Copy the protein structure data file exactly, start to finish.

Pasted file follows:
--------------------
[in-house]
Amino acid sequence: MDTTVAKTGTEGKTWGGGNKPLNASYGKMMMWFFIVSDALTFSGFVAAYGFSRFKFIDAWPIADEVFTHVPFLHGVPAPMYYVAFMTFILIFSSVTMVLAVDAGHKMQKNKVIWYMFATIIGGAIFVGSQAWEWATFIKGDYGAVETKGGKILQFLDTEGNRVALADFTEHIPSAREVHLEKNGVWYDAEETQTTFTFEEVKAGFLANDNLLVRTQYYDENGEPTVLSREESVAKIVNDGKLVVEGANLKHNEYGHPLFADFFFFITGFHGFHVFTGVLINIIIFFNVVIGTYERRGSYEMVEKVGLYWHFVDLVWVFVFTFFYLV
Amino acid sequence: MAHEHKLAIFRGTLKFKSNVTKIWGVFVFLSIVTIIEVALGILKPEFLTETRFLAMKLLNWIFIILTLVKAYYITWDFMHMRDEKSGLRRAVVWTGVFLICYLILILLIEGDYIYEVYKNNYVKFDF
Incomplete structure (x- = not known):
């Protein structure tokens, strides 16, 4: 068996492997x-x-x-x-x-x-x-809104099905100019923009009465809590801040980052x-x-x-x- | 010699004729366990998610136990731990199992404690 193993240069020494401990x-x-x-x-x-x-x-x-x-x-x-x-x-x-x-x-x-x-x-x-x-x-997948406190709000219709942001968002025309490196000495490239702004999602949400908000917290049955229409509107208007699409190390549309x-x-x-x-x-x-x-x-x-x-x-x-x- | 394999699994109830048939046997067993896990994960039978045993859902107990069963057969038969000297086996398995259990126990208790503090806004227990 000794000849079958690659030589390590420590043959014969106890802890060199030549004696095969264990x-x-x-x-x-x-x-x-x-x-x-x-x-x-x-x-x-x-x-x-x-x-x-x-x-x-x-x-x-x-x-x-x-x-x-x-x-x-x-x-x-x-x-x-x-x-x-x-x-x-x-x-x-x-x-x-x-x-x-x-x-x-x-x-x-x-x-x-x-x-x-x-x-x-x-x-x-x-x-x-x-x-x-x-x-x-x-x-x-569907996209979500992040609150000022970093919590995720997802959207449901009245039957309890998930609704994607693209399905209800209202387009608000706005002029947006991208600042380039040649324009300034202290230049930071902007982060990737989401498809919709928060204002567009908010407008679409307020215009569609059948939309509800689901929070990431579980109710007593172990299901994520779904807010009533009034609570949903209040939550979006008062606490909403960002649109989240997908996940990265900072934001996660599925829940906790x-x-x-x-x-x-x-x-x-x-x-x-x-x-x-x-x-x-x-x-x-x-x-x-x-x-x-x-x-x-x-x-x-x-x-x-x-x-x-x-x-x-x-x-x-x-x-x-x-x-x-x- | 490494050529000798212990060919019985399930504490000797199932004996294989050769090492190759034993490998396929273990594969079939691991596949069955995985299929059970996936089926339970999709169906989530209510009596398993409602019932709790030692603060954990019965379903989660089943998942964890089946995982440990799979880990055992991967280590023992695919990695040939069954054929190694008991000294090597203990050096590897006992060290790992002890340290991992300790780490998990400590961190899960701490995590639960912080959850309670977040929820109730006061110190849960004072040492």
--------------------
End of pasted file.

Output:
[in-house]
Amino acid sequence: MDTTVAKTGTEGKTWGGGNKPLNASYGKMMMWFFIVSDALTFSGFVAAYGFSRFKFIDAWPIADEVFTHVPFLHGVPAPMYYVAFMTFILIFSSVTMVLAVDAGHKMQKNKVIWYMFATIIGGAIFVGSQAWEWATFIKGDYGAVETKGGKILQFLDTEGNRVALADFTEHIPSAREVHLEKNGVWYDAEETQTTFTFEEVKAGFLANDNLLVRTQYYDENGEPTVLSREESVAKIVNDGKLVVEGANLKHNEYGHPLFADFFFFITGFHGFHVFTGVLINIIIFFNVVIGTYERRGSYEMVEKVGLYWHFVDLVWVFVFTFFYLV
Amino acid sequence: MAHEHKLAIFRGTLKFKSNVTKIWGVFVFLSIVTIIEVALGILKPEFLTETRFLAMKLLNWIFIILTLVKAYYITWDFMHMRDEKSGLRRAVVWTGVFLICYLILILLIEGDYIYEVYKNNYVKFDF
Incomplete structure (x- = not known):
């Protein structure tokens, strides 16, 4: 068996492997x-x-x-x-x-x-x-809104099905100019923009009465809590801040980052x-x-x-x- | 010699004729366990998610136990731990199992404690 193993240069020494401990x-x-x-x-x-x-x-x-x-x-x-x-x-x-x-x-x-x-x-x-x-x-997948406190709000219709942001968002025309490196000495490239702004999602949400908000917290049955229409509107208007699409190390549309x-x-x-x-x-x-x-x-x-x-x-x-x- | 394999699994109830048939046997067993896990994960039978045993859902107990069963057969038969000297086996398995259990126990208790503090806004227990 000794000849079958690659030589390590420590043959014969106890802890060199030549004696095969264990x-x-x-x-x-x-x-x-x-x-x-x-x-x-x-x-x-x-x-x-x-x-x-x-x-x-x-x-x-x-x-x-x-x-x-x-x-x-x-x-x-x-x-x-x-x-x-x-x-x-x-x-x-x-x-x-x-x-x-x-x-x-x-x-x-x-x-x-x-x-x-x-x-x-x-x-x-x-x-x-x-x-x-x-x-x-x-x-x-569907996209979500992040609150000022970093919590995720997802959207449901009245039957309890998930609704994607693209399905209800209202387009608000706005002029947006991208600042380039040649324009300034202290230049930071902007982060990737989401498809919709928060204002567009908010407008679409307020215009569609059948939309509800689901929070990431579980109710007593172990299901994520779904807010009533009034609570949903209040939550979006008062606490909403960002649109989240997908996940990265900072934001996660599925829940906790x-x-x-x-x-x-x-x-x-x-x-x-x-x-x-x-x-x-x-x-x-x-x-x-x-x-x-x-x-x-x-x-x-x-x-x-x-x-x-x-x-x-x-x-x-x-x-x-x-x-x-x- | 490494050529000798212990060919019985399930504490000797199932004996294989050769090492190759034993490998396929273990594969079939691991596949069955995985299929059970996936089926339970999709169906989530209510009596398993409602019932709790030692603060954990019965379903989660089943998942964890089946995982440990799979880990055992991967280590023992695919990695040939069954054929190694008991000294090597203990050096590897006992060290790992002890340290991992300790780490998990400590961190899960701490995590639960912080959850309670977040929820109730006061110190849960004072040492």